Wednesday, December 10, 2008

Kill A Tree: The PETA Way

I know, they are supposed to be fellow progressives, but I am from the Midwest and come from a working class family. I simply do not care what a bunch of naked, starving models think of me. And now that I think about it, I feel more sympathy for the lives of the animals and trees than the fools who buy these coffins. And consider that having all of those dead bodies rotting under the ground in pine cannot be good for the environment.

Dying to support animal rights? Try a PETA coffin

By TIM KORTE, Associated Press Writer

EDGEWOOD, N.M. – For animal rights activists, sticking up for furry or feathered critters is a way of life. Now it can be a way of death, too.

A New Mexico company is building all-wood human coffins in a partnership with People for the Ethical Treatment of Animals. They bear painted slogans, such as "Lifetime PETA Member" or "I saved 500 animals."

Another serves up a last laugh that plays on a long-running PETA advertisement: "Told You I Wouldn't Be Caught Dead in Fur!"

The coffins, which went on sale last week, are priced from $620 to $670, which includes a $75 PETA contribution. Made of wood, they are designed to be Earth-friendly, with no screws, nails, hinges or animal-based glues.

They are assembled by Dienna Genther, 44, a former construction worker from Bellingham, Wash., who operates a company called The Old Pine Box in rural Edgewood, about 30 miles east of Albuquerque. She began handcrafting coffins from pine, cedar, maple and other woods in 2004.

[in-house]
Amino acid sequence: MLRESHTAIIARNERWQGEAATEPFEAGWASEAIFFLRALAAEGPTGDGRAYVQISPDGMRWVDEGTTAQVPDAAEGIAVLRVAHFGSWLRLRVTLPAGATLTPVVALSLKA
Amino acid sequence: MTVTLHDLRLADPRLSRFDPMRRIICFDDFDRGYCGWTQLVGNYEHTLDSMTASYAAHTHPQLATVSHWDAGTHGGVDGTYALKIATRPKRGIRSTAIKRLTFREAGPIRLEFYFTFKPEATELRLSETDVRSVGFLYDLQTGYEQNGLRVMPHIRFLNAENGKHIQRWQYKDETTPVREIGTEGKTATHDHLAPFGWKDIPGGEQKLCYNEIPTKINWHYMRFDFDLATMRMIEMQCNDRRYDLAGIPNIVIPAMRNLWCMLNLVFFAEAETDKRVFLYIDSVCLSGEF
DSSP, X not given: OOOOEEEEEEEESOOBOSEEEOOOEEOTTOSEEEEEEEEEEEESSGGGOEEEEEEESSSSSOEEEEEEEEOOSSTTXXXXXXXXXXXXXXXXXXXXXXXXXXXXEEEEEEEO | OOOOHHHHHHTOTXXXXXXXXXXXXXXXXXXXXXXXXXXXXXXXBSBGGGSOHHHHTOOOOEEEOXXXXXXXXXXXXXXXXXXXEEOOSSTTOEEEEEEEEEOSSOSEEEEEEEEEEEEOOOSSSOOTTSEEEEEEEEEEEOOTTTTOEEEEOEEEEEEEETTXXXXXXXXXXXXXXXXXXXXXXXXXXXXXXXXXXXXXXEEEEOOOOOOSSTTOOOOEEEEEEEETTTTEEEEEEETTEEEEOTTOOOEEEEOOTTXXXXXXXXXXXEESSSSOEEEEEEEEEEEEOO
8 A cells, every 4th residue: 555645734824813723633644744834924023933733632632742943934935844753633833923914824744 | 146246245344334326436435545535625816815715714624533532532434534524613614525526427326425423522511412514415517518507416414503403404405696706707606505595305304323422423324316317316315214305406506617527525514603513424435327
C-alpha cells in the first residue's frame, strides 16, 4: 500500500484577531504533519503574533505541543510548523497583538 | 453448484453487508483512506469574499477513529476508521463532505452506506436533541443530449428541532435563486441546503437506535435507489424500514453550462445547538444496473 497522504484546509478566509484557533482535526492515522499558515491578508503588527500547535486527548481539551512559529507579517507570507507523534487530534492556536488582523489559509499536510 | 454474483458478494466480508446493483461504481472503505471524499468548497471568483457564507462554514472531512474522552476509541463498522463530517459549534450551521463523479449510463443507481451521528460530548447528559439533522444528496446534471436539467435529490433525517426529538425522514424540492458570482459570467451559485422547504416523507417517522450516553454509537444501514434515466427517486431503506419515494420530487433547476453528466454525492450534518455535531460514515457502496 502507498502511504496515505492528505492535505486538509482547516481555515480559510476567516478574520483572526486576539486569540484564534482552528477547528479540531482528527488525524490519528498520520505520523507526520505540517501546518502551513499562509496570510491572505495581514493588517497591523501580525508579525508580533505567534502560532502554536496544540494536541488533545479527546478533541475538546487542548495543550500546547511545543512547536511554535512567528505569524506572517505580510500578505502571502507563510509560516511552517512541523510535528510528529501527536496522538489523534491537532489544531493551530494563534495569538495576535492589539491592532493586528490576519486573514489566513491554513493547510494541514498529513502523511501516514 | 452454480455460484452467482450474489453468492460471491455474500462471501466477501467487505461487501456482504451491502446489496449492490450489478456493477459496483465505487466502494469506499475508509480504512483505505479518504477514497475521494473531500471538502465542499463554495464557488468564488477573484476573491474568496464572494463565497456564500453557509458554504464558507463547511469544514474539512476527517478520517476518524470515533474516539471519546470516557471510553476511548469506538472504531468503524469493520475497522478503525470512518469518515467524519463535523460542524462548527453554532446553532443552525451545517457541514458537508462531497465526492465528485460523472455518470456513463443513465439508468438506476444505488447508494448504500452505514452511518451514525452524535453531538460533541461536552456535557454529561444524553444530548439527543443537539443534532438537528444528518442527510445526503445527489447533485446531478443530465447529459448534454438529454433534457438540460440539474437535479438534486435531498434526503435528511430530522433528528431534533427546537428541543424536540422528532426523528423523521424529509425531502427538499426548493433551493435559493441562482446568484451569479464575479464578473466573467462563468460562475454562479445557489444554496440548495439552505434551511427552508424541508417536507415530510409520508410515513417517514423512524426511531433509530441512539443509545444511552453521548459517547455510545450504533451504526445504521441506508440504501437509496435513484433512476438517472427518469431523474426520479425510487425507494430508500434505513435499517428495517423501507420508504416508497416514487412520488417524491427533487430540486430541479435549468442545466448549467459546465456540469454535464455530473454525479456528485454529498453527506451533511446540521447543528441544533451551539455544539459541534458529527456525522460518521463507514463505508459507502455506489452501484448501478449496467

When initially contacted, Genther thought PETA wanted to discuss marketing coffins for pets. Her company builds those, too.

"But then they sent the designs, the classic toe-pincher style, and I realized they wanted human coffins," she recalled. "I told them, `We can do it.'"

Genther is not a PETA member but, "I support their cause."

Michael McGraw, a PETA spokesman in New York, said the organization has about 2 million members and supporters, suggesting there are plenty of potential customers for PETA-themed coffins.

"We expect a healthy interest," he said. "It's the best way for people to continue to use their voice for animals in death."

While some designs might seem irreverent, the PETA coffins aren't unusual, Genther said. For years, she noted, funeral homes have offered stylized coffins with such adornments as religious symbols or sports team logos.

Joan Calpin, a 40-year-old health insurance billing clerk and PETA member in Middletown, Del., plans to buy one.

"It's a great idea," she said. "For myself and a lot of my friends who are activists, everybody always says, `All my life, I've helped animals.' Well, now you can say it even after your life is over. You're still helping animals."

By the way, just in case anyone is wondering, PETA kills more animals every year than just about any organization. In fact, PETA has killed (i.e., "euthanized") over 20,000 cats, dogs, and other furry critters at its Virginia headquarters in the last decade. And yet they think zoo animals should be walking the streets (indeed, anything less would be cruel to the elephants and giraffes). This is what happens when your social movements splinter off into this nonsense. We lost touch with who we once were and what we once agitated for, and it was not the rights of bees and cows. It was the right of people, particularly the right of working people to live in dignity. Is it any wonder why Lawrence Summers, the academic version of Jabba the Hut, will be telling the Senate Banking Committee that bringing back the Glass-Steagall Act is a bad idea? Because people who should know better, and who should be organizing on these types of issues, are expending their resources and time on the wrong things. But they will feel better about themselves before they die.

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